Negativland remains a positive and sonic force in social criticsm

By Noah Lopez

Arizona Summer Wildcat

Since its inception in 1980, the San Francisco noise collective Negativland has been nothing if not controversial.

The band has taken a strong stance on Christianity, handguns, and the music industry, evolving from masters of tape manipulation and the novelty song to bonafide experts in media manipulation and copyright law. The band quickly learned aboutÄand used to their artistic benefitÄmedia manipulation in the controversy that ensued from their track "Christianity is Stupid", fueling a small rumor into the major media blitz that was documented/mocked in their 1990 release "Helter Stupid." That impressive collage of found dialogue, news soundbites and '70s theme music was nothing, however, compared to what would follow.

In 1991, the Bay area group released its first single "U2", which dealt with the band's perception of the group U2 "as an international cultural phenomenon ... therefore particularly worthy of artistic comment and criticism." Negativland's scathing criticism of U2, and the music industry in general, led to years of legal wrangling with U2's label Island Records, Negativland's own label, SST Records, and, oddly enough, Casey Kasem.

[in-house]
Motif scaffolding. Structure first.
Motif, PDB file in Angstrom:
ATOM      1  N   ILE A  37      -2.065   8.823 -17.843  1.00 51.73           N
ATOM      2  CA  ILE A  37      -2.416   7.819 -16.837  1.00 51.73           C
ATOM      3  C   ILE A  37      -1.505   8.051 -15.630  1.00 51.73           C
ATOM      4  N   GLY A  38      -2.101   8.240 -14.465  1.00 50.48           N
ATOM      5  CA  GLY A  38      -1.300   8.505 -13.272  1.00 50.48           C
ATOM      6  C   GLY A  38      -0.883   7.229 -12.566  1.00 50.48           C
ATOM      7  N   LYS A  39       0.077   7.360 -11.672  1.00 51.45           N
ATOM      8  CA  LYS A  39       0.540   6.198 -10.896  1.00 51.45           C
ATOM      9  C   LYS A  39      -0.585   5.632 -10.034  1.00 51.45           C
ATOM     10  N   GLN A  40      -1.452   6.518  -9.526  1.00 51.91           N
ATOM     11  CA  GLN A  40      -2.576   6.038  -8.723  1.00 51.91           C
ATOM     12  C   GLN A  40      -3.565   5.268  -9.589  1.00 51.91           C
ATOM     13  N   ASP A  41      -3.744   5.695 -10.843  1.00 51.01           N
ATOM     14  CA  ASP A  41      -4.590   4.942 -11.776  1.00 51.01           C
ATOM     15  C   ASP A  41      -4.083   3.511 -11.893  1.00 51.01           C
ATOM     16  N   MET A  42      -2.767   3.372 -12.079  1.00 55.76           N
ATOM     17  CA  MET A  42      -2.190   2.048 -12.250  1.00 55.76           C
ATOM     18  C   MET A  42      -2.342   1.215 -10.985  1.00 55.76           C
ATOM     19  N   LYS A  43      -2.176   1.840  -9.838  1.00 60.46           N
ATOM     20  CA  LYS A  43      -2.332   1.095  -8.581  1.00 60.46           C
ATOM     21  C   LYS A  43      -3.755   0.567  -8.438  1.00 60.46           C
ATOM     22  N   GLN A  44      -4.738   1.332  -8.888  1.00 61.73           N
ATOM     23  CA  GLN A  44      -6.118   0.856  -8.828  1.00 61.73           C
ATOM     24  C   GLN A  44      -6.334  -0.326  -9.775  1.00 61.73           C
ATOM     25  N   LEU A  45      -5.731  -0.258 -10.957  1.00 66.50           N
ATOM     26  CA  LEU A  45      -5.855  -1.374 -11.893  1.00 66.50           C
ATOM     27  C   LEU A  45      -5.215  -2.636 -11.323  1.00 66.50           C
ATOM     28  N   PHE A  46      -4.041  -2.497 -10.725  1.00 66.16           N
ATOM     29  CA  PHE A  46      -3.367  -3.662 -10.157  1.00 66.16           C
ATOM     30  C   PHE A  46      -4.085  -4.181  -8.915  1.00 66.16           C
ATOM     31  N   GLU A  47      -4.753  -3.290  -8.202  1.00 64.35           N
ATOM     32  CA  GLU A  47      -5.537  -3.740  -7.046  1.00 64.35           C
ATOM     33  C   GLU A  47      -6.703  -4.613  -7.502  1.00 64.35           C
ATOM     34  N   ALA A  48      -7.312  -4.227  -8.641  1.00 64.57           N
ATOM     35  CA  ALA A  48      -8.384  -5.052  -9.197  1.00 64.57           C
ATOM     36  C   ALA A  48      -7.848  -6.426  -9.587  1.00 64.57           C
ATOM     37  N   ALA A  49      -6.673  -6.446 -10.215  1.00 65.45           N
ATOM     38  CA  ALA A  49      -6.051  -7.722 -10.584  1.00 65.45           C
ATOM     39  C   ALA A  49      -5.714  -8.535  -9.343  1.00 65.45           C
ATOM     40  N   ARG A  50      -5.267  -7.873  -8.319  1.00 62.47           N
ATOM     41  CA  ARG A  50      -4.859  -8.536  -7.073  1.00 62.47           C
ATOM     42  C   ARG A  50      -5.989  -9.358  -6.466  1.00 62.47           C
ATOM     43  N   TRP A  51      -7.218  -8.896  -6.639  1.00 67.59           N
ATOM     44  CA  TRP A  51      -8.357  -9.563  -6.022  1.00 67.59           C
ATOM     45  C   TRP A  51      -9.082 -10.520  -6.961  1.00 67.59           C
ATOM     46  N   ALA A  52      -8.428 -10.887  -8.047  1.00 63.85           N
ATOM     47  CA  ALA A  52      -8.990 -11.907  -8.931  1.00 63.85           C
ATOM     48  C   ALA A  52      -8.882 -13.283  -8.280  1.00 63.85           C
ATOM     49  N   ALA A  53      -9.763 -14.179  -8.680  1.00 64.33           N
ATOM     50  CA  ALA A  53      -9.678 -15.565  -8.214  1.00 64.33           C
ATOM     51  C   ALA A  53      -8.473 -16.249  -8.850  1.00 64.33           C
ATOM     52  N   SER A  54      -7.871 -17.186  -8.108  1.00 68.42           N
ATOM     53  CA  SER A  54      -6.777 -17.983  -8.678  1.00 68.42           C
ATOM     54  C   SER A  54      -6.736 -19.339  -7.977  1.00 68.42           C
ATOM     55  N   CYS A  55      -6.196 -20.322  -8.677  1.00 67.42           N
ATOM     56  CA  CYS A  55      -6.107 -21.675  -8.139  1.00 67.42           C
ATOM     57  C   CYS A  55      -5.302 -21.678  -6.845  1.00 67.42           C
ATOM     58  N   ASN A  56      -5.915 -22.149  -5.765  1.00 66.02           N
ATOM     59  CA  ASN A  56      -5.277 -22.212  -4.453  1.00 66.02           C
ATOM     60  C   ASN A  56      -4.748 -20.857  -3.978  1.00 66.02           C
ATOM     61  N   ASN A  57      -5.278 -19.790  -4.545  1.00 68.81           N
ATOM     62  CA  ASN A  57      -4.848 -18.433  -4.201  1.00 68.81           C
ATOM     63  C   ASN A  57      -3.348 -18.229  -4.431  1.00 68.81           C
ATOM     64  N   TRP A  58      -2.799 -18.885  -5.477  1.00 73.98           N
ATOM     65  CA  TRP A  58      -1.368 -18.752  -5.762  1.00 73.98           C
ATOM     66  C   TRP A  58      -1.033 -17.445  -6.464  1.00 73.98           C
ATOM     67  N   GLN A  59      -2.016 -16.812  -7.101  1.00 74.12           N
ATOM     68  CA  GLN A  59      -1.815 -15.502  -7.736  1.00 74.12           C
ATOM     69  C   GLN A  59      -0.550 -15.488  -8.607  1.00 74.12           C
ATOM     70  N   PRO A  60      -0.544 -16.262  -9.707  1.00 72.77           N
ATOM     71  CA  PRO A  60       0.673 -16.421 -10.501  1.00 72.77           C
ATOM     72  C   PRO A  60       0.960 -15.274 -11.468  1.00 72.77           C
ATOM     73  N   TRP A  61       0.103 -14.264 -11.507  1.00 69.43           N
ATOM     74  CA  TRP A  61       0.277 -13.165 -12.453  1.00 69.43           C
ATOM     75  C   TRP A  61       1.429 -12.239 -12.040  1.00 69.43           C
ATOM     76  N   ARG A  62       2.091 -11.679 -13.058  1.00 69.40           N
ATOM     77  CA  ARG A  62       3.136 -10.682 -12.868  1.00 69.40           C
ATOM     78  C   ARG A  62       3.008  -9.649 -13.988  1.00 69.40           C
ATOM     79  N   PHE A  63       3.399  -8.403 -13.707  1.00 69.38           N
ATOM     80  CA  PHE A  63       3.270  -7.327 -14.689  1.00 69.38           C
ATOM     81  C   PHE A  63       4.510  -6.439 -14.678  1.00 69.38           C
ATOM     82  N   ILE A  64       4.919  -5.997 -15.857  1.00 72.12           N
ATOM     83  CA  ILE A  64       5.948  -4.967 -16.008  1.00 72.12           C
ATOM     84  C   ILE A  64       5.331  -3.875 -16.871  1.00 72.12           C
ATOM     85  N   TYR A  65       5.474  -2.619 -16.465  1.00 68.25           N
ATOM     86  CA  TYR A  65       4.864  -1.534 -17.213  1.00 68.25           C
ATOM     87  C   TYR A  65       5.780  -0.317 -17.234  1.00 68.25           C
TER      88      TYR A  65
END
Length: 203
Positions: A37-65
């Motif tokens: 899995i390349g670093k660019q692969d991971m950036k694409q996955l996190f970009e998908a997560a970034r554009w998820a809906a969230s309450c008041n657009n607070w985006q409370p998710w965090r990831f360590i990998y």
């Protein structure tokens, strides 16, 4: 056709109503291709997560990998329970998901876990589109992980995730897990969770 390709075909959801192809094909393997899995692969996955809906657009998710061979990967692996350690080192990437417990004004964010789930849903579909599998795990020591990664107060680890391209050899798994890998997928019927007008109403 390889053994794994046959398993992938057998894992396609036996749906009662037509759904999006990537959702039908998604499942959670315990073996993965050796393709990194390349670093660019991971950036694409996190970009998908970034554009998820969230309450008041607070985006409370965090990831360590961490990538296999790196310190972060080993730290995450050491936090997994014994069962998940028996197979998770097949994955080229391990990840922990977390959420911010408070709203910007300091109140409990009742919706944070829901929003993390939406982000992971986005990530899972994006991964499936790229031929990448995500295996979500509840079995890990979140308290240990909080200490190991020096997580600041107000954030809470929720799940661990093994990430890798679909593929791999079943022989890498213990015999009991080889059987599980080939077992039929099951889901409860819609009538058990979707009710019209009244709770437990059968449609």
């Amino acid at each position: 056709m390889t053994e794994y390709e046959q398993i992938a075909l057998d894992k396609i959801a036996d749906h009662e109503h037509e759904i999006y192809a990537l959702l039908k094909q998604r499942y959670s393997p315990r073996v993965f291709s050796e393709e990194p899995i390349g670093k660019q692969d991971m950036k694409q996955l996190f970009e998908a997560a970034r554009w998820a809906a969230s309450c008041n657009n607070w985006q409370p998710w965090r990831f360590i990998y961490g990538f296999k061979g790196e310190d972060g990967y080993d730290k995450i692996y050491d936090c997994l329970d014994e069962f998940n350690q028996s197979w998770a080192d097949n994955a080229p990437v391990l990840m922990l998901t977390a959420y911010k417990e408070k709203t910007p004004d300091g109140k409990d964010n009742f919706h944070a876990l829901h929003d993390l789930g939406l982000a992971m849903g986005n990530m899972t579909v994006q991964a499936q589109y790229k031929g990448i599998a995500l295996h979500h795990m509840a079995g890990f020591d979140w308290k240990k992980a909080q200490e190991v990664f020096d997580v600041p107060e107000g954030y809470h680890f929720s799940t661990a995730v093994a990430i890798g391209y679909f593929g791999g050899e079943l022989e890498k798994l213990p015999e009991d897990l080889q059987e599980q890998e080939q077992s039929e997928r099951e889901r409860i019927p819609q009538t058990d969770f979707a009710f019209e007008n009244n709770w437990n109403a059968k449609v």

Negativland has emerged with the hefty tome "Fair Use," a print documentary of the entire case, complete with actual press releases from all sides, the actual legal papers, humorous fax exchanges, and off the wall interviews and accompanied with the band's new CD. In addition, the band's interaction in the U2 snafu is documented in Craig Baldwin's film "Sonic Outlaws," which comes to Tucson this weekend bringing with it the director, as well as Negativland member Mark Hosler who will perform at a screening of the film at Club Congress on Sunday night. The Wildcat spoke with Hosler by phone last week.

Wildcat: It's a couple years after the whole U2 incident ... what's still going on. Do you still owe SST a lot of money?

Mark Hosler: Oh no. It's almost all paid off. (SST owner) Greg Ginn had said that we owed $93,000 and that it wouldn't be paid off (with royalties) until the year 2223, but I think it's down to about a thousand dollars now. I don't know if you know about the book that we did ...